... An object that is radiating at a certain black-body temperature WILL NOT absorb a less-energetic photon from an outside source. This is am extremely well-known corollary of the Second Law. ... [Jane Q. Public, 2013-05-30]

No, that's a Slayer fantasy. On the atomic scale, absorption of radiation doesn't depend on temperature because individual atoms don't have temperatures. Only very large groups of atoms have temperatures. Individual photons also don't have temperatures. Very large groups of photons from a 10C warm object have slightly different average wavelength curves than a -10C cold object, but they're very similar. This means that even if temperature somehow applied at the atomic scale of absorbing individual photons, an atom couldn't tell if a photon came from the 10C warm object or the -10C cold object.

... You took a badly-worded sentence or two and jumped on them as though Latour made a mistake. But his only mistake was wording a couple of sentences badly. He does in fact NOT suggest that warmer objects absorb no radiation, and he has written as much many times. ... You have refuted NOTHING but a couple of unfortunately-worded sentences, which Latour himself publicly corrected shortly after that post appeared. ... [Jane Q. Public, 2014-07-27]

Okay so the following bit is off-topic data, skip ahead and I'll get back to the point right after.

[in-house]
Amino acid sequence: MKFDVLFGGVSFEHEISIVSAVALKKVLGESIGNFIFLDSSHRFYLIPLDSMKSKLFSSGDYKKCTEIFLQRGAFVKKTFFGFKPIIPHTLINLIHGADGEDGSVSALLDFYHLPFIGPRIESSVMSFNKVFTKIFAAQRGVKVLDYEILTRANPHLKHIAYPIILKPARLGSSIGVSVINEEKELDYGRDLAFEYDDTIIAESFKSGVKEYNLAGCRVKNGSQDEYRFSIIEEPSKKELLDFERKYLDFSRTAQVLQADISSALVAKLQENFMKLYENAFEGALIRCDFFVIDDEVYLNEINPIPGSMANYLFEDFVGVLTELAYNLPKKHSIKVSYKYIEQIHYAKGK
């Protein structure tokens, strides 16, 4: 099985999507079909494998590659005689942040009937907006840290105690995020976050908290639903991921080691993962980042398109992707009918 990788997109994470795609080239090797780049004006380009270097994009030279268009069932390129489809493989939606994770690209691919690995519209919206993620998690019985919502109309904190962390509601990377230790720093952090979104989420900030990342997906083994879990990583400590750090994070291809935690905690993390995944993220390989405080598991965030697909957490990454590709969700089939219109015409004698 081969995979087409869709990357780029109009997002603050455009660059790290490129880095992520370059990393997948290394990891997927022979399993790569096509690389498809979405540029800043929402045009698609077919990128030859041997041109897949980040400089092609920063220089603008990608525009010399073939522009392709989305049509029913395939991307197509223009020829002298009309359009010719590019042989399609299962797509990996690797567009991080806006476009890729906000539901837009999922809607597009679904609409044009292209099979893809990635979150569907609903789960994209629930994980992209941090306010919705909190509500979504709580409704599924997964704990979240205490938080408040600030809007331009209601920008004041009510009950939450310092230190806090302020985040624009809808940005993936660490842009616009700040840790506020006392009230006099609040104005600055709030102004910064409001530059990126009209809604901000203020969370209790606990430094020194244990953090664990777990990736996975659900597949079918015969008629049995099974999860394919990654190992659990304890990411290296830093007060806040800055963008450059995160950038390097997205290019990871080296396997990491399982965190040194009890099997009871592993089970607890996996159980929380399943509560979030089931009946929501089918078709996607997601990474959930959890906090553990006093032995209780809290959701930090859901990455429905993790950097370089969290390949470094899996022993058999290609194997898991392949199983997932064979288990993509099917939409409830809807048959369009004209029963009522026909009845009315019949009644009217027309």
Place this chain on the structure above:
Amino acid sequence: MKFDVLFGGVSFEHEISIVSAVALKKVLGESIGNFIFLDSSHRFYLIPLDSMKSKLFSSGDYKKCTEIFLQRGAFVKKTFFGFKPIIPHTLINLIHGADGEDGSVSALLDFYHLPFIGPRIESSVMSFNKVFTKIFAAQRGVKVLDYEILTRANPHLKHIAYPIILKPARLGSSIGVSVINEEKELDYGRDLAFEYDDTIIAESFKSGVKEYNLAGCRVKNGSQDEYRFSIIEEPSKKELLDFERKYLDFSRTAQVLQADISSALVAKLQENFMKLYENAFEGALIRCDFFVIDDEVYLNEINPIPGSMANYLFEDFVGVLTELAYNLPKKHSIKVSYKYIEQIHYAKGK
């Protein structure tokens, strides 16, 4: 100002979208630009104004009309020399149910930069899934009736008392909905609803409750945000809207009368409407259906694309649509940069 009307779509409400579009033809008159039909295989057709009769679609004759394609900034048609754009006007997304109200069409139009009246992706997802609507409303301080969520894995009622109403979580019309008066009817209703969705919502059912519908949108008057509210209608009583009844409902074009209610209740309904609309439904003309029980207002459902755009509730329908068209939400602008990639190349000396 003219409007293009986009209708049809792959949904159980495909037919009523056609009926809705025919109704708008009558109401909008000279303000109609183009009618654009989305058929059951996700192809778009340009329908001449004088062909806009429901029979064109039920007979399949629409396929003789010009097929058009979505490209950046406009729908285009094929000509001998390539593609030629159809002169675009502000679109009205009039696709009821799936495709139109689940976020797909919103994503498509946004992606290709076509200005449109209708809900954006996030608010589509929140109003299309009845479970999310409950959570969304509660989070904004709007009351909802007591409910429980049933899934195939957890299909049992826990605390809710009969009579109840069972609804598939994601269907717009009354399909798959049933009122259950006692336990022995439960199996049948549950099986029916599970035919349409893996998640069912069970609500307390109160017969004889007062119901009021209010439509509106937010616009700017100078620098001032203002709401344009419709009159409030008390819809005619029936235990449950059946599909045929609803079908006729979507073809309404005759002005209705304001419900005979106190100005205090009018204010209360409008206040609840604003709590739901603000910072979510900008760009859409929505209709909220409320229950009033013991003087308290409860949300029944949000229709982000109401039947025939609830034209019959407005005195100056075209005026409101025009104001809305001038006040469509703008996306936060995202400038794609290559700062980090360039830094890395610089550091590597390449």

Ironically, Jane's still insisting that warmer objects absorb no radiation from colder objects. Otherwise Jane wouldn't repeatedly object to including a term for radiation from the chamber walls in his calculation of required electrical power. Since Jane doesn't even include that term, Jane's assuming that warmer objects absorb no radiation from colder objects.

... shortly after Latour published that blog post, it became clear that the language he used implied that no radiation at all was absorbed by the warmer body. So a reader could not reasonably be blamed for inferring that. But Latour quickly apologized for the unfortunate wording and corrected himself to make it very clear he was referring to net, not absolute, heat transfer. ... [Jane Q. Public, 2014-07-27]